Yesterday I clicked on a link in one of Howard Rheingold’s (@hrheingold) tweets to his latest video in which he explains about the importance of literacy in determining the quality and credibility of information on the internet mainly accessed via searches.
He draws on some footage from a presentations he has given (which was standing room only) to illuminate some of his points. He makes an interesting distinction between skills, which are an individual attribute, and literacy, which Howard describes as skills + community as it rests in the realms of social so you can participate im the community of literates.
He presents five important literacies as:
- Critical consumption
- Network awareness
All of these literacies need to co-exist.
Howard makes an interesting point about child safety, comparing concerns about online safety with the higher threats that exist offline. I think this ties in to my recent post about OnGuard Online which really centres on talking to your children holistically about online and offline activity, and your own values. Howard emphasises the important of equipping our children with the ability to think critically, and this reduces any risk in their online activity. This ability is paramount to children being able to assess more generally the quality and accuracy of the information they encounter online, and giving them the tools to filter good information from bad, as we’ve shifted from a world of critically edited material pre-publishing to one where it is the responsibility of the consumer to critically evaluate.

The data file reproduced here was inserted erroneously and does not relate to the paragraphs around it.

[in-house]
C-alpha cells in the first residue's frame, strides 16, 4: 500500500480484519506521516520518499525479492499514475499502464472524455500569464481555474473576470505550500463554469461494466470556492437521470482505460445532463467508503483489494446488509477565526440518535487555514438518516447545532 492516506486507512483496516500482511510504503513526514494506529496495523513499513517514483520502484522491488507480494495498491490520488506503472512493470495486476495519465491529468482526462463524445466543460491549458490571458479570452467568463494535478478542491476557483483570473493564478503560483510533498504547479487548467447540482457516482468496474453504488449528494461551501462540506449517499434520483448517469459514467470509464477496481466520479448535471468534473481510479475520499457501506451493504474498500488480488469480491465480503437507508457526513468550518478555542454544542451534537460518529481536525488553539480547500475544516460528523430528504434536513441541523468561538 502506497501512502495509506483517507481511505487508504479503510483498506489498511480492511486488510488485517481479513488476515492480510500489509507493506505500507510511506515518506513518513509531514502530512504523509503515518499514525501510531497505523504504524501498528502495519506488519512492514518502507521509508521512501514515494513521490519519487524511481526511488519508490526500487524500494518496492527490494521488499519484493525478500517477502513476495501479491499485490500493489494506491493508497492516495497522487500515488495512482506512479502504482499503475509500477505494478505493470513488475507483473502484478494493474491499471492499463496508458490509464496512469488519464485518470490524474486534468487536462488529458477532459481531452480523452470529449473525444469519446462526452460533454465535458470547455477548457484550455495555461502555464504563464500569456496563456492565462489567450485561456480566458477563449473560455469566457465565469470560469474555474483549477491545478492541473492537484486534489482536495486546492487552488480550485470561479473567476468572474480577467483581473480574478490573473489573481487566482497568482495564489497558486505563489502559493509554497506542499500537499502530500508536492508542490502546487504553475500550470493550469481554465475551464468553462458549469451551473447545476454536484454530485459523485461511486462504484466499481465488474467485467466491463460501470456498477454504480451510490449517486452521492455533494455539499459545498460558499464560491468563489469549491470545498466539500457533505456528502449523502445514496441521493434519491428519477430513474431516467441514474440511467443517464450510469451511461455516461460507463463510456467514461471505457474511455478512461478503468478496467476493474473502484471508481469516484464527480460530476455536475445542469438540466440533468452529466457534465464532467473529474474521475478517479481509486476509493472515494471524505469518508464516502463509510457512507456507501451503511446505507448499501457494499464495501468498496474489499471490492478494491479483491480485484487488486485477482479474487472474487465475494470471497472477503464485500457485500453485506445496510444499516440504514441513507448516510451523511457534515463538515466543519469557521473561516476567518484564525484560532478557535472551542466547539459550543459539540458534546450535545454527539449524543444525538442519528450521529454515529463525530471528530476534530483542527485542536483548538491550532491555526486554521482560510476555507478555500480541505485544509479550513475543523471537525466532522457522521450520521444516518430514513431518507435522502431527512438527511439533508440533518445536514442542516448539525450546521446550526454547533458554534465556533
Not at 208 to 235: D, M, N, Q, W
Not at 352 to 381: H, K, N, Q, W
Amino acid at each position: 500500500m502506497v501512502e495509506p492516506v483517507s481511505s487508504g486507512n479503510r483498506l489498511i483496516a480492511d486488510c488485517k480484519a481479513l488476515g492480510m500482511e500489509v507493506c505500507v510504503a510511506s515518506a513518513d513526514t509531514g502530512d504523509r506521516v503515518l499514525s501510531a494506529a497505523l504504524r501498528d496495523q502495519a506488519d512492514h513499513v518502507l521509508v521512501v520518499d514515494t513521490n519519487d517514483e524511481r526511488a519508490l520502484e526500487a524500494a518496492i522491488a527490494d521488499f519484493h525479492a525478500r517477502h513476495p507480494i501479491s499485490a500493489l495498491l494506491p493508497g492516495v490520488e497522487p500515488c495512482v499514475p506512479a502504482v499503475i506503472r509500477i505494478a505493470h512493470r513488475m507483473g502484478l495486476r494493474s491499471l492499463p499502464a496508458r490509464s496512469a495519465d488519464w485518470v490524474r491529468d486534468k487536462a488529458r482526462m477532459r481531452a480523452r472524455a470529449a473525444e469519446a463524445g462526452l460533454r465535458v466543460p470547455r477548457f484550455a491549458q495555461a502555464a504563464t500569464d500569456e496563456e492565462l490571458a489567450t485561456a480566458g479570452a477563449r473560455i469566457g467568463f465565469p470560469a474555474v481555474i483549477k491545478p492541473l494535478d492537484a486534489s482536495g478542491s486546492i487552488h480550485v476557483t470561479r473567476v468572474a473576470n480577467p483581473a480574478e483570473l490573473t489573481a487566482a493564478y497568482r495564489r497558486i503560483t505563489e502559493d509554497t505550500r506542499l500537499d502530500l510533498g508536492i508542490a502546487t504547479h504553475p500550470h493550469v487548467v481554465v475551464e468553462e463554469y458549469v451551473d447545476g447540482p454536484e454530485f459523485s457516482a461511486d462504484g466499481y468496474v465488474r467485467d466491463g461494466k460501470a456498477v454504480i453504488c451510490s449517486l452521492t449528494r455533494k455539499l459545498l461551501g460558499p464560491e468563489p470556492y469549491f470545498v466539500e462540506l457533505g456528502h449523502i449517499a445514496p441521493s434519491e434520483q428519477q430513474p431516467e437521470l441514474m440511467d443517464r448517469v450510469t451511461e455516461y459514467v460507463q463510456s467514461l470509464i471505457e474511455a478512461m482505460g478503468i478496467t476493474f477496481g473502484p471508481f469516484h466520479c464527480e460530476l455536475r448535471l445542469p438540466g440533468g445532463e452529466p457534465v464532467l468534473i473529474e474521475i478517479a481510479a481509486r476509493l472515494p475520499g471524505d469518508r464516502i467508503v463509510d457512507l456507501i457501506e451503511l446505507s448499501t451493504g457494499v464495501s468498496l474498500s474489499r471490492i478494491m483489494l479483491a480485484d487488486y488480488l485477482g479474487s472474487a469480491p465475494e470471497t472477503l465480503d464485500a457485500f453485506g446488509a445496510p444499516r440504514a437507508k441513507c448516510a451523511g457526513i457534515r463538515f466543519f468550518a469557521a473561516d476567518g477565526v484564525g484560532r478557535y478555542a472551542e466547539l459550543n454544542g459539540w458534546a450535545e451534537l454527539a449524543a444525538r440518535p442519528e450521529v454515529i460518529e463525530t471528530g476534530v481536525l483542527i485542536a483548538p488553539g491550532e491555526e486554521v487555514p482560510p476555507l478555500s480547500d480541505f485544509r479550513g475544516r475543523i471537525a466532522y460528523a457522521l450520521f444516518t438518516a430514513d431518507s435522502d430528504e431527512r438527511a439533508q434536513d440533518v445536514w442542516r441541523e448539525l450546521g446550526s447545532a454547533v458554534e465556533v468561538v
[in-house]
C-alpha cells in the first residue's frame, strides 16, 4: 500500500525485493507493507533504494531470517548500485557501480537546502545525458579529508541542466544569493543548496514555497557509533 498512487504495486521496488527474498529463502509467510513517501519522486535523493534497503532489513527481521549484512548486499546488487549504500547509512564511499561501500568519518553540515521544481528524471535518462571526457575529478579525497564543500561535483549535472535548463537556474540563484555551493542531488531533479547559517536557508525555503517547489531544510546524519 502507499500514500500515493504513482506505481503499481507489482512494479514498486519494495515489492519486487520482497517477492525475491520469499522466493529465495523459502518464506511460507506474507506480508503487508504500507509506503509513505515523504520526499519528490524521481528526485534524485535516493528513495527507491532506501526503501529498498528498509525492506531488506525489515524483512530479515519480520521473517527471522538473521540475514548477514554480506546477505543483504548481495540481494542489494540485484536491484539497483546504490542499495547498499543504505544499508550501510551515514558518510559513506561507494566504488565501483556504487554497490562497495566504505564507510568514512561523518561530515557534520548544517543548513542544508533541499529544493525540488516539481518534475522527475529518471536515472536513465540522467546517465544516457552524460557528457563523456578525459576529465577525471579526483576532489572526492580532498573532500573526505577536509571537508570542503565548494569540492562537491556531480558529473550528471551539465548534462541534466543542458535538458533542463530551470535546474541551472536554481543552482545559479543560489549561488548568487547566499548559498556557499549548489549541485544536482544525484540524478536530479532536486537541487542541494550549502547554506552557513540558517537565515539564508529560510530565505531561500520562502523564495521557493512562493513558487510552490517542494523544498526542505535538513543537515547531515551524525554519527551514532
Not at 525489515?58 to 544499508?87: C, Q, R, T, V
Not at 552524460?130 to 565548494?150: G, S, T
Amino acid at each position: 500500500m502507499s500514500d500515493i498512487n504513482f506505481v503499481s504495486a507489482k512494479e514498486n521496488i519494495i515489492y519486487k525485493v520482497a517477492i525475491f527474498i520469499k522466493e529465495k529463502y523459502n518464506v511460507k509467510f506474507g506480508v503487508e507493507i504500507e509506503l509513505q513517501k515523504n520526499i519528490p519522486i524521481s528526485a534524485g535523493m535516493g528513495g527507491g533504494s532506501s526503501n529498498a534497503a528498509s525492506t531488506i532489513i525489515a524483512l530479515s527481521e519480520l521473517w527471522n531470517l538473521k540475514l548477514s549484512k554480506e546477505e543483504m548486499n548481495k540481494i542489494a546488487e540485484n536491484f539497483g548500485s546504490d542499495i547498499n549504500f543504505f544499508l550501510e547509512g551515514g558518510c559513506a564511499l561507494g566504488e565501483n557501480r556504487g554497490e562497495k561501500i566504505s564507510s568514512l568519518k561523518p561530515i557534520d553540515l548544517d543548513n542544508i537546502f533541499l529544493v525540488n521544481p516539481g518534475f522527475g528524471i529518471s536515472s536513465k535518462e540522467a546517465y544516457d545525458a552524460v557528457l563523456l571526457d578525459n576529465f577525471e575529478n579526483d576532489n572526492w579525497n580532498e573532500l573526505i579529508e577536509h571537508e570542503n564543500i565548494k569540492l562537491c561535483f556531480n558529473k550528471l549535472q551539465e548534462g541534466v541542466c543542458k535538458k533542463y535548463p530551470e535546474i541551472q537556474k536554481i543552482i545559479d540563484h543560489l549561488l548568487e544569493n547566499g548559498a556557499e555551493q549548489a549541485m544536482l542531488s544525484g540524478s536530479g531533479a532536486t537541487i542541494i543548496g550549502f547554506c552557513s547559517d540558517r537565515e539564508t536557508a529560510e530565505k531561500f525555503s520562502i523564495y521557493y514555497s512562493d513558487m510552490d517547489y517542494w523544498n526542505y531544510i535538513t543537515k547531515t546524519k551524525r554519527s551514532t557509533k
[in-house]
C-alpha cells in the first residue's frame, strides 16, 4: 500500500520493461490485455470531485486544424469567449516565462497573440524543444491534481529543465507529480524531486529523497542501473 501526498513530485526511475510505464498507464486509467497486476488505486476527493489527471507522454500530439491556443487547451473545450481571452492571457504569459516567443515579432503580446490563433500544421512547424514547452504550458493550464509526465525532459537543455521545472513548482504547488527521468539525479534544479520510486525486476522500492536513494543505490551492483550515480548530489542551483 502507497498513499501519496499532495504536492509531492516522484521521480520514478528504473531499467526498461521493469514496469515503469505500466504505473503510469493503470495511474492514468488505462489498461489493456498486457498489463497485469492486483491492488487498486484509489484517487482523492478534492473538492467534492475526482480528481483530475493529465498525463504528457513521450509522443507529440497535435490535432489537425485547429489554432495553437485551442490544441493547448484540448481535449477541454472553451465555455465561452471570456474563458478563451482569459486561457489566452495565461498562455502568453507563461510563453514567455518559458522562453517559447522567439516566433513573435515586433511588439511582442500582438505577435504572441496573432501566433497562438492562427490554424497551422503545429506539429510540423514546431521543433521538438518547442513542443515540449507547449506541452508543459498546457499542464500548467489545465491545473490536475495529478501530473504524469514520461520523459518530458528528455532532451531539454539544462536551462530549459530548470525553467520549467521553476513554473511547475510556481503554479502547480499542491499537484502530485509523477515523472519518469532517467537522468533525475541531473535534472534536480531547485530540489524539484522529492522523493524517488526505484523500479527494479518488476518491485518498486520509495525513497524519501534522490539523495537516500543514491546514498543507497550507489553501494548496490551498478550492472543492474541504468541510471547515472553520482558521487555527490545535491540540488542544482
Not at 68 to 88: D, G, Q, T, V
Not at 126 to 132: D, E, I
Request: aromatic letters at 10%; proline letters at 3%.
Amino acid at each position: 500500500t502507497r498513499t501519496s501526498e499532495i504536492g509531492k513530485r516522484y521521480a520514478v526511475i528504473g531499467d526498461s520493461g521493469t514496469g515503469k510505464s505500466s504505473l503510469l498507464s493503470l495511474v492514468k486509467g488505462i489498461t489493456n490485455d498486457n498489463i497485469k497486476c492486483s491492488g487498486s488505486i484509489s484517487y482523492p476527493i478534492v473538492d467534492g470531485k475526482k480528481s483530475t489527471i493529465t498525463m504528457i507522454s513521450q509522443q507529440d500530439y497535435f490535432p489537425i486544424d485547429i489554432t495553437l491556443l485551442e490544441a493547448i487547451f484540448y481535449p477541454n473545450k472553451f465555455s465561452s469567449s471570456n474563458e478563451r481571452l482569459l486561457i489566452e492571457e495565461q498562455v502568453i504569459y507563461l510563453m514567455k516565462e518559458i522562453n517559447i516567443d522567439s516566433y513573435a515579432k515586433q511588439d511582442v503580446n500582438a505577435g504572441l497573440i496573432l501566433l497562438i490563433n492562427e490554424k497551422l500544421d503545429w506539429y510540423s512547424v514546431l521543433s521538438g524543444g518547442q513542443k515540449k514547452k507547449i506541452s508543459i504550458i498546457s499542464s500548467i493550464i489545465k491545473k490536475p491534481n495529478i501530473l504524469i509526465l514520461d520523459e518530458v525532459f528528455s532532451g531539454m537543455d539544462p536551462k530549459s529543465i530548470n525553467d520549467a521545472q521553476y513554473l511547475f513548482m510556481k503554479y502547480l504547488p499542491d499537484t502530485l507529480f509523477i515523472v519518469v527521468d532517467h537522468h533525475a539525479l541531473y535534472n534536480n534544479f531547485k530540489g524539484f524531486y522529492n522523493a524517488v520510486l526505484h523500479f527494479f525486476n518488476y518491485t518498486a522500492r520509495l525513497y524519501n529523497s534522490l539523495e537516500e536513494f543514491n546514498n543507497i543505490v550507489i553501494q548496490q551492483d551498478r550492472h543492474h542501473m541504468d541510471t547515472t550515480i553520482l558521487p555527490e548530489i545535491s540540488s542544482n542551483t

There are two important questions we should continually be asking:
- How do I ask/phrase the question; how do I ask that search engine?
- How do I know what I’ve found is accurate?
Howard goes on to explain about personal ‘trust’ networks, an extension of the personal learning network in which there is a trust value added. And again this is an extension of the real life scenario, where you trust your doctor more the your mate Trev down the pub to give you health advice, but Trev knows a whole lot more about football, though his financial advice is a little dodgy too.
There’s a whole lot more in this video than I could hope to describe, so I suggest just watching it for yourself.